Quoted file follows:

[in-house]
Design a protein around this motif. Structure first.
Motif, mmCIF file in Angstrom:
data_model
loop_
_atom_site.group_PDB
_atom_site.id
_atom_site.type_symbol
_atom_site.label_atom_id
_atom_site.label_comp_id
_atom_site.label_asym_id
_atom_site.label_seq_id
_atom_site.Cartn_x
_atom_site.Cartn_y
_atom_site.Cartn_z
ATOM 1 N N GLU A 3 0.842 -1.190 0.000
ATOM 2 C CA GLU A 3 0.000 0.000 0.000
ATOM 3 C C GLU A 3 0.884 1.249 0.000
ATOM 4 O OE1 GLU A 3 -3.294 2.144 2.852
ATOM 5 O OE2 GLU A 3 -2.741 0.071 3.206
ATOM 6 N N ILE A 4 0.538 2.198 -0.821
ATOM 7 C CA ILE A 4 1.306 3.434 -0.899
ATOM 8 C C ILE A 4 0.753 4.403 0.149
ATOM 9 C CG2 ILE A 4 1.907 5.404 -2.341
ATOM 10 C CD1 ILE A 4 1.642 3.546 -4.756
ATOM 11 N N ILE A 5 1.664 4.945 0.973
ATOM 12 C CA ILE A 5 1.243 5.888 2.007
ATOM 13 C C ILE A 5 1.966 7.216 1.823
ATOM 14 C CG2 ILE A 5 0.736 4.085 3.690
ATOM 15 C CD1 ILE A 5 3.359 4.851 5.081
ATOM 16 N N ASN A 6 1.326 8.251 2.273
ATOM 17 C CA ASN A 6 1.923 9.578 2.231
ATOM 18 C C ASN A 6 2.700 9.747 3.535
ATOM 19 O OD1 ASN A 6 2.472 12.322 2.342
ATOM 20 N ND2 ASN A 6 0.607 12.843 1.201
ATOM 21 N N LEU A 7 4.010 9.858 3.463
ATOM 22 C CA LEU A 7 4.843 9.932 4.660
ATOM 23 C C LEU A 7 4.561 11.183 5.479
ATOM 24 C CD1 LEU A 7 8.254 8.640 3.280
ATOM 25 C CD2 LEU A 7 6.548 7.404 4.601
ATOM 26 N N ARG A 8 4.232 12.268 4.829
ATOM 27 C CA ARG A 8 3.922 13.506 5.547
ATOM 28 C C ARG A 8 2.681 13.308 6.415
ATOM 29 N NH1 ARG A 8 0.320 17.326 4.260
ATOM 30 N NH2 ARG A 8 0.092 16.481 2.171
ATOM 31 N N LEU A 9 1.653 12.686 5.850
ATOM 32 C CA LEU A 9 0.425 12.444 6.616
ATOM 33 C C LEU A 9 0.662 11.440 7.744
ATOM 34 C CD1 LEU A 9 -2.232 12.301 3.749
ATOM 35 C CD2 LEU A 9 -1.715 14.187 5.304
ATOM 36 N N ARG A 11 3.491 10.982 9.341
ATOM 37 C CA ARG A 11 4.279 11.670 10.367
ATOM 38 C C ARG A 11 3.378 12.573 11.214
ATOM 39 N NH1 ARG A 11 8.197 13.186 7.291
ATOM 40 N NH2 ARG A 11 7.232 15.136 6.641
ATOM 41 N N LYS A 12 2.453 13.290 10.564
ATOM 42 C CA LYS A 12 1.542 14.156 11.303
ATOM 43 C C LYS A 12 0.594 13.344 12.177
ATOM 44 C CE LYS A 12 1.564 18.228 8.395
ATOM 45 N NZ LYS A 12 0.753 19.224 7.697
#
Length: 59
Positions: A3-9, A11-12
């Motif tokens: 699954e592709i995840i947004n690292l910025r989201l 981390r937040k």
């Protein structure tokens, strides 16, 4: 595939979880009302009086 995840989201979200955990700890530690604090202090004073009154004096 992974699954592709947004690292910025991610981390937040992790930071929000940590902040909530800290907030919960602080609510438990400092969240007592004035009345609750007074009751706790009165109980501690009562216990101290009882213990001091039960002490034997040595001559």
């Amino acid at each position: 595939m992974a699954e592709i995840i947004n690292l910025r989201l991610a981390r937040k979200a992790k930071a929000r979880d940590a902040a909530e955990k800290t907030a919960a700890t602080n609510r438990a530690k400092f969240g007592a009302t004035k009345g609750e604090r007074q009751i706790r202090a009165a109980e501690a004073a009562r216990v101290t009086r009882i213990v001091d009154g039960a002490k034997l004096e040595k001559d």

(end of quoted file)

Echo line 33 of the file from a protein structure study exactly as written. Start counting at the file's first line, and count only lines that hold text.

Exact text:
ATOM 18 C C ASN A 6 2.700 9.747 3.535